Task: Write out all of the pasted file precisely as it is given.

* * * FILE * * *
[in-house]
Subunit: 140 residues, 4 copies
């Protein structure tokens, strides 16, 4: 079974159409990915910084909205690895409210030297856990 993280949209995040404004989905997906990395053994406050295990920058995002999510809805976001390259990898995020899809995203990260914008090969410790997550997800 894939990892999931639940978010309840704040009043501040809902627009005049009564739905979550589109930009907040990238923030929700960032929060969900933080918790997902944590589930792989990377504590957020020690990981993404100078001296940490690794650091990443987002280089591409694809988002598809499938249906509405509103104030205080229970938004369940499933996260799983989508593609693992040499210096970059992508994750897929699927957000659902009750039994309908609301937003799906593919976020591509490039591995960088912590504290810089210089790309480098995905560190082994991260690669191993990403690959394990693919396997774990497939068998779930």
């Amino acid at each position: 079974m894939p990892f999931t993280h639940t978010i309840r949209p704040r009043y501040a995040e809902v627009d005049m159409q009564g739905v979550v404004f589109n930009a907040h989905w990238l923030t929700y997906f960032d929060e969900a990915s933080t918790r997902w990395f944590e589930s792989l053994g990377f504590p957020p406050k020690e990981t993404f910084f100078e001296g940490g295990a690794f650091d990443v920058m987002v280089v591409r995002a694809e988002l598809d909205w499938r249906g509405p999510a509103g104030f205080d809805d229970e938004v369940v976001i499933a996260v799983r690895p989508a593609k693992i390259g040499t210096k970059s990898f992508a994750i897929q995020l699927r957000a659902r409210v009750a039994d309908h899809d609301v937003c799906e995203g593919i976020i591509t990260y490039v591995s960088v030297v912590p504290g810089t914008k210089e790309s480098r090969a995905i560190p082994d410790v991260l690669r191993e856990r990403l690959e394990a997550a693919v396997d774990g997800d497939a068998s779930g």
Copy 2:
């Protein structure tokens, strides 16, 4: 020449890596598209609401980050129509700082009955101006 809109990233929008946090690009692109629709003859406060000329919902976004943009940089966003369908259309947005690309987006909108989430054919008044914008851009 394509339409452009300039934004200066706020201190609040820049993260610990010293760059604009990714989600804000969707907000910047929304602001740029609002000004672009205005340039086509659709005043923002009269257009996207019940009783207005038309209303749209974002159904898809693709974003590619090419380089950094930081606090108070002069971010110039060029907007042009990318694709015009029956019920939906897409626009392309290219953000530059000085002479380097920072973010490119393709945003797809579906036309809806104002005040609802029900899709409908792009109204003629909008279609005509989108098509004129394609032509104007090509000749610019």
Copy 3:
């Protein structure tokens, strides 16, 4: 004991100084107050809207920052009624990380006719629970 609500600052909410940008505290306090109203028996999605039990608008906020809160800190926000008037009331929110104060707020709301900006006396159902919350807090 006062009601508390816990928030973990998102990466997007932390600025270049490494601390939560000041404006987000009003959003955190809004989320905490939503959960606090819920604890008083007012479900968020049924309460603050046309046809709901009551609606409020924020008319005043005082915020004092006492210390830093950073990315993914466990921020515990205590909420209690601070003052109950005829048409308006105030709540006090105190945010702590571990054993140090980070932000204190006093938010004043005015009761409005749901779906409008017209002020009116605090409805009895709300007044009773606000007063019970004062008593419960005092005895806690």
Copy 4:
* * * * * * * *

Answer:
[in-house]
Subunit: 140 residues, 4 copies
């Protein structure tokens, strides 16, 4: 079974159409990915910084909205690895409210030297856990 993280949209995040404004989905997906990395053994406050295990920058995002999510809805976001390259990898995020899809995203990260914008090969410790997550997800 894939990892999931639940978010309840704040009043501040809902627009005049009564739905979550589109930009907040990238923030929700960032929060969900933080918790997902944590589930792989990377504590957020020690990981993404100078001296940490690794650091990443987002280089591409694809988002598809499938249906509405509103104030205080229970938004369940499933996260799983989508593609693992040499210096970059992508994750897929699927957000659902009750039994309908609301937003799906593919976020591509490039591995960088912590504290810089210089790309480098995905560190082994991260690669191993990403690959394990693919396997774990497939068998779930």
């Amino acid at each position: 079974m894939p990892f999931t993280h639940t978010i309840r949209p704040r009043y501040a995040e809902v627009d005049m159409q009564g739905v979550v404004f589109n930009a907040h989905w990238l923030t929700y997906f960032d929060e969900a990915s933080t918790r997902w990395f944590e589930s792989l053994g990377f504590p957020p406050k020690e990981t993404f910084f100078e001296g940490g295990a690794f650091d990443v920058m987002v280089v591409r995002a694809e988002l598809d909205w499938r249906g509405p999510a509103g104030f205080d809805d229970e938004v369940v976001i499933a996260v799983r690895p989508a593609k693992i390259g040499t210096k970059s990898f992508a994750i897929q995020l699927r957000a659902r409210v009750a039994d309908h899809d609301v937003c799906e995203g593919i976020i591509t990260y490039v591995s960088v030297v912590p504290g810089t914008k210089e790309s480098r090969a995905i560190p082994d410790v991260l690669r191993e856990r990403l690959e394990a997550a693919v396997d774990g997800d497939a068998s779930g």
Copy 2:
């Protein structure tokens, strides 16, 4: 020449890596598209609401980050129509700082009955101006 809109990233929008946090690009692109629709003859406060000329919902976004943009940089966003369908259309947005690309987006909108989430054919008044914008851009 394509339409452009300039934004200066706020201190609040820049993260610990010293760059604009990714989600804000969707907000910047929304602001740029609002000004672009205005340039086509659709005043923002009269257009996207019940009783207005038309209303749209974002159904898809693709974003590619090419380089950094930081606090108070002069971010110039060029907007042009990318694709015009029956019920939906897409626009392309290219953000530059000085002479380097920072973010490119393709945003797809579906036309809806104002005040609802029900899709409908792009109204003629909008279609005509989108098509004129394609032509104007090509000749610019």
Copy 3:
């Protein structure tokens, strides 16, 4: 004991100084107050809207920052009624990380006719629970 609500600052909410940008505290306090109203028996999605039990608008906020809160800190926000008037009331929110104060707020709301900006006396159902919350807090 006062009601508390816990928030973990998102990466997007932390600025270049490494601390939560000041404006987000009003959003955190809004989320905490939503959960606090819920604890008083007012479900968020049924309460603050046309046809709901009551609606409020924020008319005043005082915020004092006492210390830093950073990315993914466990921020515990205590909420209690601070003052109950005829048409308006105030709540006090105190945010702590571990054993140090980070932000204190006093938010004043005015009761409005749901779906409008017209002020009116605090409805009895709300007044009773606000007063019970004062008593419960005092005895806690």
Copy 4: